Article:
Morris Dance Styles

Morris isn't just a single dance style: over its 600 year history it has changed and evolved into several regional traditions.

Cotswold Morris

Cotswold has its roots in the south Midlands and is probably what first comes to mind when people think of Morris dancing: men in white trousers and shirts, with hankies and sticks. Because of its complex footwork, Cotswold is probably the most difficult style to learn.


North West Morris

Unlike other forms of morris, North West morris (from the Manchester/Lancashire region) was mainly a processional dance. Firstly in the annual processions that carried rushes for the church floor, later in the processions for Queen Victoria's Jubilee that developed into annual town carnivals.

Dancers typically wear clogs. Men often wear black knee breeches and a white shirt with a sash. Decorated hats are popular. Women's teams are more likely to wear a 'mill-girl' style costume.


Border Morris

Border Morris began on the English side of the Welsh border as dances done by very low-income workers to raise a bit of money. Dances were very simple and costumes made up of whatever the dancers had to decorate their shirts with. Modern teams almost all wear heavy tatter jackets, a development of the rags and ribbons that used to be pinned to the shirts. Like the jackets, the dances have evolved a lot. Nearly all the Border dances performed have modern choreography, to produce something more interesting and complex than the originals.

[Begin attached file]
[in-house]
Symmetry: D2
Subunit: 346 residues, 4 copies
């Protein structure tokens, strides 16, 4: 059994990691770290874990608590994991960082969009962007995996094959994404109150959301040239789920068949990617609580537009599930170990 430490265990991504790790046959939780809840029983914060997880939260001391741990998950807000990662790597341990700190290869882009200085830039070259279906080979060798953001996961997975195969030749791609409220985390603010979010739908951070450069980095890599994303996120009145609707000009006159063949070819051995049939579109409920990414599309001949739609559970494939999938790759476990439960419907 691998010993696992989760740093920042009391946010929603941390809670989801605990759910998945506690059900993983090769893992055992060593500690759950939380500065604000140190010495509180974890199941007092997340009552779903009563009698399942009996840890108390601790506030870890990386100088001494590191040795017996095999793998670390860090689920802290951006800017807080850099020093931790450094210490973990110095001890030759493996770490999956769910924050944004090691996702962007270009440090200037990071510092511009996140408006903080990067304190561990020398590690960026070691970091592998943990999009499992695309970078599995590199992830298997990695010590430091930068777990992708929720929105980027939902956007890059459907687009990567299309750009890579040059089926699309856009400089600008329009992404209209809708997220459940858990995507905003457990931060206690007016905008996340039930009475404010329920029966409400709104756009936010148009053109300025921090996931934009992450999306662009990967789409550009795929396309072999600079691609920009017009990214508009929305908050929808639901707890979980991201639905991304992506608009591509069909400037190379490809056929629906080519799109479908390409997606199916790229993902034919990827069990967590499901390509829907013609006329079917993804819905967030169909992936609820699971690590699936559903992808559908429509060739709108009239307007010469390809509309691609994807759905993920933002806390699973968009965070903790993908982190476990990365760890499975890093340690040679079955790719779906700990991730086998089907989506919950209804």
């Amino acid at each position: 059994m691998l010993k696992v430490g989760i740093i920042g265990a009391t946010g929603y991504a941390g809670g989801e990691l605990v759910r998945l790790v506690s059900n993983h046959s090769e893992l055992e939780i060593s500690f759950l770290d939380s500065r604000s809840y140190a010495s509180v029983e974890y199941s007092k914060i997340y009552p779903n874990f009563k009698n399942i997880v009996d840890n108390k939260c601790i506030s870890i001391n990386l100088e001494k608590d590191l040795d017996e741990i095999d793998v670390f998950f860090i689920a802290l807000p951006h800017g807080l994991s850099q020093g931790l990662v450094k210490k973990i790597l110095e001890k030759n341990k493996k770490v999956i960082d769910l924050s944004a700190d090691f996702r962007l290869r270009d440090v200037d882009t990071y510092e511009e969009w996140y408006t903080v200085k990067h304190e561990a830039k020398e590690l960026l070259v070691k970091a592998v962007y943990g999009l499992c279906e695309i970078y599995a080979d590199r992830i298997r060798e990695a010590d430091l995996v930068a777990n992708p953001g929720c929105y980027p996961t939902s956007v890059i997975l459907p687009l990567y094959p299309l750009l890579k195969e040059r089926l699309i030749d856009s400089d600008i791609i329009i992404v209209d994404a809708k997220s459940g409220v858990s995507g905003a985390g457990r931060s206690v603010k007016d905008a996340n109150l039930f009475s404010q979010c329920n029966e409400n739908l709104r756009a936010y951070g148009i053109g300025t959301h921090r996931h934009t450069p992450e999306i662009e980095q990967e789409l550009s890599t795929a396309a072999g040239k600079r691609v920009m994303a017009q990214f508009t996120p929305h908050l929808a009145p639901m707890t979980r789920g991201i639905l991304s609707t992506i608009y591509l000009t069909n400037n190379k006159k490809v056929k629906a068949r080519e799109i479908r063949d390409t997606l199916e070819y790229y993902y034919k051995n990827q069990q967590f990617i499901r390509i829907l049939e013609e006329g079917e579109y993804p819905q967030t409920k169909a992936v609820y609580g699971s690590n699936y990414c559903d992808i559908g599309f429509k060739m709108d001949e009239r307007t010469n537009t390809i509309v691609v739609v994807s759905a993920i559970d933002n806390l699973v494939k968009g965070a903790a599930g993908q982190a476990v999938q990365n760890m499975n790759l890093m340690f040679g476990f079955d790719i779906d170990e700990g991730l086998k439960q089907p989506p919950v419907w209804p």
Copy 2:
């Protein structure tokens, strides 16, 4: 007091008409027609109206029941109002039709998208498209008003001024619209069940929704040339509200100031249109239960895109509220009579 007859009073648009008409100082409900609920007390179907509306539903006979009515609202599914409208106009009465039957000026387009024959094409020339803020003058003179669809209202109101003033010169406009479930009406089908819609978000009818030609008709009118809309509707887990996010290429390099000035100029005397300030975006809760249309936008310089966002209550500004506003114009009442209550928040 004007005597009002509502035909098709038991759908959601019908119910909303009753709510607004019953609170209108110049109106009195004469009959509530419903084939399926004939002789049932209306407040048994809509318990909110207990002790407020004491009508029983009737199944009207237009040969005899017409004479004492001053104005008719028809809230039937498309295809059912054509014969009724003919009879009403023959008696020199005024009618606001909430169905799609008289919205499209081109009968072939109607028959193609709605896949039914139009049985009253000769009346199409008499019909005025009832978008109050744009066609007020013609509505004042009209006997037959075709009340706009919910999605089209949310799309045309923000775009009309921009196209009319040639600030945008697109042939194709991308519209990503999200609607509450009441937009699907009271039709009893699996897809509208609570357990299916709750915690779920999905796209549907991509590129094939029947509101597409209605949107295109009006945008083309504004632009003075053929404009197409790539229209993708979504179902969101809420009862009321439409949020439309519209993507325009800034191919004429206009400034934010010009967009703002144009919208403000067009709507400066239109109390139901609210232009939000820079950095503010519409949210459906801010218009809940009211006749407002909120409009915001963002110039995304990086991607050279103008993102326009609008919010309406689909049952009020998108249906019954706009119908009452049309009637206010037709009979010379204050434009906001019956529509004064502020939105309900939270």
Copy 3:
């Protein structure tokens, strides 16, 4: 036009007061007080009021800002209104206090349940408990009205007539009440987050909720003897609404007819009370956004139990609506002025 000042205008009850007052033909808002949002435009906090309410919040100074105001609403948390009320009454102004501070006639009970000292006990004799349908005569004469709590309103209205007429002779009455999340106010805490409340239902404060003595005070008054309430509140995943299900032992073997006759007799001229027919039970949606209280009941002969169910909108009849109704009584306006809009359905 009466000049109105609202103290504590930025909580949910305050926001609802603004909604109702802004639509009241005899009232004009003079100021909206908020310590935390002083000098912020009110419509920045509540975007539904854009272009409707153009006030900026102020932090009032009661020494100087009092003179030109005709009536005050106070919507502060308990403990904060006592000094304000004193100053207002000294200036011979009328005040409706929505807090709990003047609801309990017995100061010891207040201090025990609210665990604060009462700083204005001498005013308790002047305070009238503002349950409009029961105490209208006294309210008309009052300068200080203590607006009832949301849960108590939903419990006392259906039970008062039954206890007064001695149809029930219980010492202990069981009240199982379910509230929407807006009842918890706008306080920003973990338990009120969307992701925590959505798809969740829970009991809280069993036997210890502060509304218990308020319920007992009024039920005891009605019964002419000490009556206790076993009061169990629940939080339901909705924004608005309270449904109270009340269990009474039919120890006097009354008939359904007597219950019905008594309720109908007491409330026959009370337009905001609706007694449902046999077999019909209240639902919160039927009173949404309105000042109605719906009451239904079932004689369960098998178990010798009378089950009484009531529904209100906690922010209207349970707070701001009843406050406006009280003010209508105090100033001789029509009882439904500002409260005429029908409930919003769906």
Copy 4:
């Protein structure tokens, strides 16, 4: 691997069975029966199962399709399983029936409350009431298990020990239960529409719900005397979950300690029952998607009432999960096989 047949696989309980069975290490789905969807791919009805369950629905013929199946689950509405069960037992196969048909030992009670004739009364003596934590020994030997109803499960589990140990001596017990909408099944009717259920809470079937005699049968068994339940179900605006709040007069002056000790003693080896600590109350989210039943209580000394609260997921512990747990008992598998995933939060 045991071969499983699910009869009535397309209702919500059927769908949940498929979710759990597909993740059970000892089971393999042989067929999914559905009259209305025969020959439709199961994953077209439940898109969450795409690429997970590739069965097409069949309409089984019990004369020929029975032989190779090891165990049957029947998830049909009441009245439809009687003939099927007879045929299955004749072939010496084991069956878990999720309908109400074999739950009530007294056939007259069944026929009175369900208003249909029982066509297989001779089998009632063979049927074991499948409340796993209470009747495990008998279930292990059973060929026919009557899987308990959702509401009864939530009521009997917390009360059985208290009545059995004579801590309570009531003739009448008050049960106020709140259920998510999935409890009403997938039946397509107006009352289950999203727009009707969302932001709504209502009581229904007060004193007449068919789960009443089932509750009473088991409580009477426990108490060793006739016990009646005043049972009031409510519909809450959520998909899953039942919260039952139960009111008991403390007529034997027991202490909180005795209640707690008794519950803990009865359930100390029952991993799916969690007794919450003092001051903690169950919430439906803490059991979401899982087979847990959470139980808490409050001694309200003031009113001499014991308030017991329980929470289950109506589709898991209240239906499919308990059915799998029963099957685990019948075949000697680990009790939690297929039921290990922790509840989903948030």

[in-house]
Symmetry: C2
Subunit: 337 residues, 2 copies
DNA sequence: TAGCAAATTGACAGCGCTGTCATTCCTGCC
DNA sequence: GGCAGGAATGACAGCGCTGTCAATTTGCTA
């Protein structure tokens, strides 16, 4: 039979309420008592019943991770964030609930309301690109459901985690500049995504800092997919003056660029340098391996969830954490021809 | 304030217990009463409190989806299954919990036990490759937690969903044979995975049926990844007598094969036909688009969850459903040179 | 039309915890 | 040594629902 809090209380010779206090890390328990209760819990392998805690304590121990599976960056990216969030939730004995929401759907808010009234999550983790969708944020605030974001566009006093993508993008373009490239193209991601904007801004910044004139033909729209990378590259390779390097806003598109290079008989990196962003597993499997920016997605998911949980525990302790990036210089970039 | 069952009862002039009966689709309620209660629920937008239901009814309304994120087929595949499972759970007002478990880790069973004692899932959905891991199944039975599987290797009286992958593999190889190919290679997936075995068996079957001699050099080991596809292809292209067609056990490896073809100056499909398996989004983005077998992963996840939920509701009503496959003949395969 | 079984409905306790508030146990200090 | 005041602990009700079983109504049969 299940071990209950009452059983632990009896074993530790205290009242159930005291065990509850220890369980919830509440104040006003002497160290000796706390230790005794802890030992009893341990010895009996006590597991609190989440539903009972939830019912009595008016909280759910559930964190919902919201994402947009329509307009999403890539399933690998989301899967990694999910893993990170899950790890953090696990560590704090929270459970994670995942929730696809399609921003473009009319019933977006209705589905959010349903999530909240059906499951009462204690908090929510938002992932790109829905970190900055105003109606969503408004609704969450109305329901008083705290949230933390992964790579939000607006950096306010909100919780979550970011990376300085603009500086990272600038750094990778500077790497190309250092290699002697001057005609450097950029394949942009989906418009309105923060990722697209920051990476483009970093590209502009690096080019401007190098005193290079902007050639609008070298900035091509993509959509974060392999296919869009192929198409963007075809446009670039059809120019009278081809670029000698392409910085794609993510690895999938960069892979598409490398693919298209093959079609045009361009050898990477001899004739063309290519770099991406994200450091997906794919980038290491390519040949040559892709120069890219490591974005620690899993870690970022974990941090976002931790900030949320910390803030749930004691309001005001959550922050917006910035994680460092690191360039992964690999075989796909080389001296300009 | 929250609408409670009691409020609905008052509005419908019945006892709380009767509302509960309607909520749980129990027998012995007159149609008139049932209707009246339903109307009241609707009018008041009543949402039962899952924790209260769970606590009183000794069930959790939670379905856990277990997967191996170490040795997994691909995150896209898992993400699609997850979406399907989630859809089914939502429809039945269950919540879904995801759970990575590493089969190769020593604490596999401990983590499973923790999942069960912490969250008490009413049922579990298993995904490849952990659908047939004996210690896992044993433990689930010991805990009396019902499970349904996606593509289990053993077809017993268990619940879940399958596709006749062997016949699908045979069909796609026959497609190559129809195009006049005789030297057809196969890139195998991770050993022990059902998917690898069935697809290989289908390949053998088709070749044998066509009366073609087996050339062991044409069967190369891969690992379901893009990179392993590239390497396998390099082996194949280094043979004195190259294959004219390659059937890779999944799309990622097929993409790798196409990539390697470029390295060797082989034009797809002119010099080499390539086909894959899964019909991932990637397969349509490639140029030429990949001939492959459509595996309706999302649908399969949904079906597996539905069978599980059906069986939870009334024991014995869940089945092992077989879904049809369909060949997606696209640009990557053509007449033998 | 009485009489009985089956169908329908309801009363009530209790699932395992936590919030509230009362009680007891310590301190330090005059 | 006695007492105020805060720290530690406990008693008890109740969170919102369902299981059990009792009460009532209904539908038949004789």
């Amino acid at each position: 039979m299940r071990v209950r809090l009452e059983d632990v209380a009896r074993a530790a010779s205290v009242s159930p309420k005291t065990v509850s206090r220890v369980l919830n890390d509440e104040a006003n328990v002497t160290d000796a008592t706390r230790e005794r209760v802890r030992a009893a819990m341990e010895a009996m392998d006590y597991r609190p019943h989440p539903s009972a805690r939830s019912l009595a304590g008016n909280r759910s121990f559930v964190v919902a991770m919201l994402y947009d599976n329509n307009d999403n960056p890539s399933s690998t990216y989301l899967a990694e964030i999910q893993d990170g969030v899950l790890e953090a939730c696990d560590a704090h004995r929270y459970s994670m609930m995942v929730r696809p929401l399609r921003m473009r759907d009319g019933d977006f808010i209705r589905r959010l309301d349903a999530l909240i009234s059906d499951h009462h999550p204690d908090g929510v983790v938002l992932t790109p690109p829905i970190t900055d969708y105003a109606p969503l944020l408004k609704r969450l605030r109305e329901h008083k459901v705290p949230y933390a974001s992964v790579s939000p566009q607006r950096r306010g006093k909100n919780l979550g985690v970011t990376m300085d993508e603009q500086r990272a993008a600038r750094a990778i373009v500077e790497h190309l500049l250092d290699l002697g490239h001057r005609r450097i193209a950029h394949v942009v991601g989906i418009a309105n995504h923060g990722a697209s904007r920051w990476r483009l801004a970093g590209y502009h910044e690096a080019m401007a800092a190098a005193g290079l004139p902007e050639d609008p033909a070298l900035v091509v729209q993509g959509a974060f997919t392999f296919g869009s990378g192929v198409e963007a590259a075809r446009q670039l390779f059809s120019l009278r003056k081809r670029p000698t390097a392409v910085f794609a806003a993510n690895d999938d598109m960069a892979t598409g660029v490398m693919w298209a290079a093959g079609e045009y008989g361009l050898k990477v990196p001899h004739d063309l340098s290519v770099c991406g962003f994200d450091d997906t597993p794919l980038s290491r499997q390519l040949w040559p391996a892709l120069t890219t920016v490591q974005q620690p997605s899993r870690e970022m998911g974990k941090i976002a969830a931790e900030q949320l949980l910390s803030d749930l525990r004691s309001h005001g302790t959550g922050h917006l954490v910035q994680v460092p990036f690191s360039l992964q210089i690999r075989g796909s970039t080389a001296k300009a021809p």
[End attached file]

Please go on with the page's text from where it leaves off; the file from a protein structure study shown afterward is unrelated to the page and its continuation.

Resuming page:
Longsword

A traditional dance from Yorkshire that uses wooden or metal swords held by the dancers at both ends. At the end, the swords are woven into a pattern, often a six- pointed star. Has no connection to Scottish sword dancing.


Rapper

A dance that evolved from longsword when flexible steel came along. Originates in the Northumberland/Durham area, which is still its stronghold today. The swords can be bent without damaging them, and this allows the dancers to get closer together, producing a fast, complex dance. Many of the historical dancers were miners.


Appalachian

Not 'morris' per se, but a style of high energy step-dancing that originated in the Appalachian mountains in the USA. Usually performed to the music of a string band.